Cynical manipulators as fantasy heroes go back at least as far as Cabell's Jurgen. Conan (as originally written) was morally grey and Fafhrd and the Gray Mouser a deeper charcoal; Clark Ashton Smith's work was full of characters who would be very much at home in Grimdark, and E.R. Eddison was almost as Machiavellian as Martin. The trend intensified in the 60s and 70s through morally ambiguous heroes like Moorcock's Elric, Wagner's Kane and Donaldson's Thomas Covenant. And I have vaguer memories of more obscure "heroes" who made those look like shining paladins by comparison.
Then, from the late 70s, the pendulum swung to the optimistic and heroic: Brooks, Eddings, Weiss & Hickman and the rest. Even so, there were greyer authors like Gemmell, though it's probably fair to say the trend was a brightness that Martin — Grimdark's ultimate inspiration — broke through like a dark beacon.
Grimdark can perhaps be best seen as an unusually wide swing of the pendulum to the dark side, but not unique. The depth of its darkness can probably be put down to boundaries already pushed further in the modern age, although Lawrence pointed out at the Grim Gathering that horror has routinely included material for years that's far darker than anything he's done, without creating any particular comment. Nevertheless, it's not fundamentally a new idea.
Several of the authors on Wednesday made the point that Grimdark (however it's defined) hasn't by any means taken over fantasy, and that the genre is still a broad spectrum. I'd add the argument that there also doesn't have to be any absolute choice between positions on the spectrum. For myself, I've enjoyed Abercrombie and Brett, but I also still love Lord of the Rings. I get different impacts from them, and I've no wish for every book I read to affect me in the same way.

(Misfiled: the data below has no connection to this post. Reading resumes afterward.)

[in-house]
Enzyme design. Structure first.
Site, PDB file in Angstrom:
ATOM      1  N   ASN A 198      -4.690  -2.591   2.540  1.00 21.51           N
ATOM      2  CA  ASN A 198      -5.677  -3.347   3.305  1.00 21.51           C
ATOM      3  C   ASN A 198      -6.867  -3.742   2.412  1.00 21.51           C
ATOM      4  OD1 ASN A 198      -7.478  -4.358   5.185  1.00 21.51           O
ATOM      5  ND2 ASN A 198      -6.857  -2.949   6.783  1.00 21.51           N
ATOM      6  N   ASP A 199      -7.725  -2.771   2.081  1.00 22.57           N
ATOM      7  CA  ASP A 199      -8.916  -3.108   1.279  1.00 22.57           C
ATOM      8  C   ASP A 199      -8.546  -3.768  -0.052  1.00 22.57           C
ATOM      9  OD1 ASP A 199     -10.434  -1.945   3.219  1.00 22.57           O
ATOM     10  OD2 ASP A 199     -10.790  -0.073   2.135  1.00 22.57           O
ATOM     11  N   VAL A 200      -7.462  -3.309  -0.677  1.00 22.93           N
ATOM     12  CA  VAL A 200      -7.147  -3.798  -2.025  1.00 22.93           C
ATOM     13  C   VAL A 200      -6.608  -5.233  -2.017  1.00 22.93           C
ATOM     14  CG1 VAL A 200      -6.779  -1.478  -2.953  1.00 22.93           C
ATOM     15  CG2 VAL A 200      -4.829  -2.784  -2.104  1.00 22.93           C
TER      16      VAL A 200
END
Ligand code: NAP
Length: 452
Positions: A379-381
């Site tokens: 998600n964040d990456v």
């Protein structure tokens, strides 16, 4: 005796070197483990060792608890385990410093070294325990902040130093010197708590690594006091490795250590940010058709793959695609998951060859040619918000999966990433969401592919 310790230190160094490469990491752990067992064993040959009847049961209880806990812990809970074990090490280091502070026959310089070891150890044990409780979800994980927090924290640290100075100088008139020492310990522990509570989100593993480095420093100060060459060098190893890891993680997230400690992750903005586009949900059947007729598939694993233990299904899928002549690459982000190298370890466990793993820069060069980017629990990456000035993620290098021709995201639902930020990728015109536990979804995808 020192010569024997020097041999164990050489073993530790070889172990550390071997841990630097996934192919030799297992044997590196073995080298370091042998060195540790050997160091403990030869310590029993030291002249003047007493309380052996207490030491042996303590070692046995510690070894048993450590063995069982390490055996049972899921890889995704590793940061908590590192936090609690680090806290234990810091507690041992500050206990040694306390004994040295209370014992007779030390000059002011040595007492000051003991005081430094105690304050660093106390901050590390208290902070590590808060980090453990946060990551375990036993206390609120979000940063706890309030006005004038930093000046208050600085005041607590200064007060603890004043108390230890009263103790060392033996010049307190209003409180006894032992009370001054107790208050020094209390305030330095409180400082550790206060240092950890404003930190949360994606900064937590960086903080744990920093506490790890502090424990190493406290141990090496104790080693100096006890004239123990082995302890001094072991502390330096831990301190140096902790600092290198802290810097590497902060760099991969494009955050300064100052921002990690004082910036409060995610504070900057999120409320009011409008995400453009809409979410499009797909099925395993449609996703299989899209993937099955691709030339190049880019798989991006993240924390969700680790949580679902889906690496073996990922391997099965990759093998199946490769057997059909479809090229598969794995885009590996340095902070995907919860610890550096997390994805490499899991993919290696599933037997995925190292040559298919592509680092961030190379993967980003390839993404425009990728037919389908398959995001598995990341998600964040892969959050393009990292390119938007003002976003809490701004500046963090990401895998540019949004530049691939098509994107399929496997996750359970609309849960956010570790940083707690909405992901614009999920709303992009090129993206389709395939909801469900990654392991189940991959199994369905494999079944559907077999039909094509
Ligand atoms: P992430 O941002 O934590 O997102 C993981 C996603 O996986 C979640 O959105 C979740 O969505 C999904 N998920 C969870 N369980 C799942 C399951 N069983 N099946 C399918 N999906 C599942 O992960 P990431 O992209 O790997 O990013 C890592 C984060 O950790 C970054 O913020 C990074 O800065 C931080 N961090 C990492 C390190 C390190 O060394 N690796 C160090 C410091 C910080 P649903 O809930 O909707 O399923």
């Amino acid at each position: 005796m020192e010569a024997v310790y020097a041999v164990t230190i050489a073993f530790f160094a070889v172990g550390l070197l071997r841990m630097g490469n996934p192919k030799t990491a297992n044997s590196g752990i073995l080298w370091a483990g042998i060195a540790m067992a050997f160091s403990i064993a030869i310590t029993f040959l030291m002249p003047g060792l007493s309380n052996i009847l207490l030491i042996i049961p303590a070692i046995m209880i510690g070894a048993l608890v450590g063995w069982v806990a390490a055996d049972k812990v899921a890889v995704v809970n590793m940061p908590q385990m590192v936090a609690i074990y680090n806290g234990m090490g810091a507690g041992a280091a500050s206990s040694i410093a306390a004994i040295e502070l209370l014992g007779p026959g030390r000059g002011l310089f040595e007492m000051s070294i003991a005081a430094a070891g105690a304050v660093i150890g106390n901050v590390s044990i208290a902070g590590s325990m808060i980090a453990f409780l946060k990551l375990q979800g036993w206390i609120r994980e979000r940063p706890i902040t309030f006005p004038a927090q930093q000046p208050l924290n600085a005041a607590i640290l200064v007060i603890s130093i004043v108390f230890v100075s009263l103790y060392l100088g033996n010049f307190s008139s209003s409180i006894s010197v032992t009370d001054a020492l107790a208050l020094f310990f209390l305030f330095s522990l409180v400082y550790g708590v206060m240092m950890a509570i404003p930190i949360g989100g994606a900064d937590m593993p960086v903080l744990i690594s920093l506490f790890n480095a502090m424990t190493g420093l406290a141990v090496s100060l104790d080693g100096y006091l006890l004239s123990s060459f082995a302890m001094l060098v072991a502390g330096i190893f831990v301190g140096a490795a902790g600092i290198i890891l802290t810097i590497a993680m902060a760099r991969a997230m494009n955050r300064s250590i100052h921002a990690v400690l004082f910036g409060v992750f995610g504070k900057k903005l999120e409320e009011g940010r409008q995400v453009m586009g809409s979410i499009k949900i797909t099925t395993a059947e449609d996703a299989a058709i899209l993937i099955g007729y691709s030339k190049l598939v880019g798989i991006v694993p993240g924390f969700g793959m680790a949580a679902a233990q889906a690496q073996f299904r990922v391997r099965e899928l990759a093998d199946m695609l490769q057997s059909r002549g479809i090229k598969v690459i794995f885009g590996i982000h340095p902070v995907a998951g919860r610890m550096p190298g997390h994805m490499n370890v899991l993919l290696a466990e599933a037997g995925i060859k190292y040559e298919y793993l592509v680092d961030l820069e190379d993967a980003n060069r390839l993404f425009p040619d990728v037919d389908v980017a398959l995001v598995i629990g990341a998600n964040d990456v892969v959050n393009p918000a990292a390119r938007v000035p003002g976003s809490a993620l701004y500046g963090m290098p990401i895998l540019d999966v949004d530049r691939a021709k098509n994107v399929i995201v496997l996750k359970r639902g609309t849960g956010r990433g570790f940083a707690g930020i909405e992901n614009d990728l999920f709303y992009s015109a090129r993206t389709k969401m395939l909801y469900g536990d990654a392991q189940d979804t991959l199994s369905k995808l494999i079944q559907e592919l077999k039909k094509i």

For my own writing, I probably fall somewhere in the middle, but I try to spread out a fair way on either side. I certainly don't have any time (except in comedy) for heroes whose strength is the strength of ten because their hearts are pure, but I suppose I'd characterise my favourite type of hero as an idealist with serious human flaws, who tries to do his or her best and sometimes succeeds. Not that I'm at all averse to the odd psychopath, or just an opportunist on the make; but I do try to balance them.
The authors characterised as Grimdark are important, and I suspect they'll be seen from the future as the defining fantasy authors of the twenty-teens, but there'll always be alternative fantasy visions for different tastes. And that's precisely how it should be. In the meantime, I'll read more by the authors at the Gathering and look forward to the next event Fantasy Faction organises.
** I'm not sure which to treat as the correct title. Although Brett is American, the book was published first in the UK as The Painted Man and subsequently in the US as The Warded Man. Even so, I find the US title far more convincing and appropriate (unlike, for instance, the ridiculous change from The Philosopher's Stone to The Sorcerer's Stone.)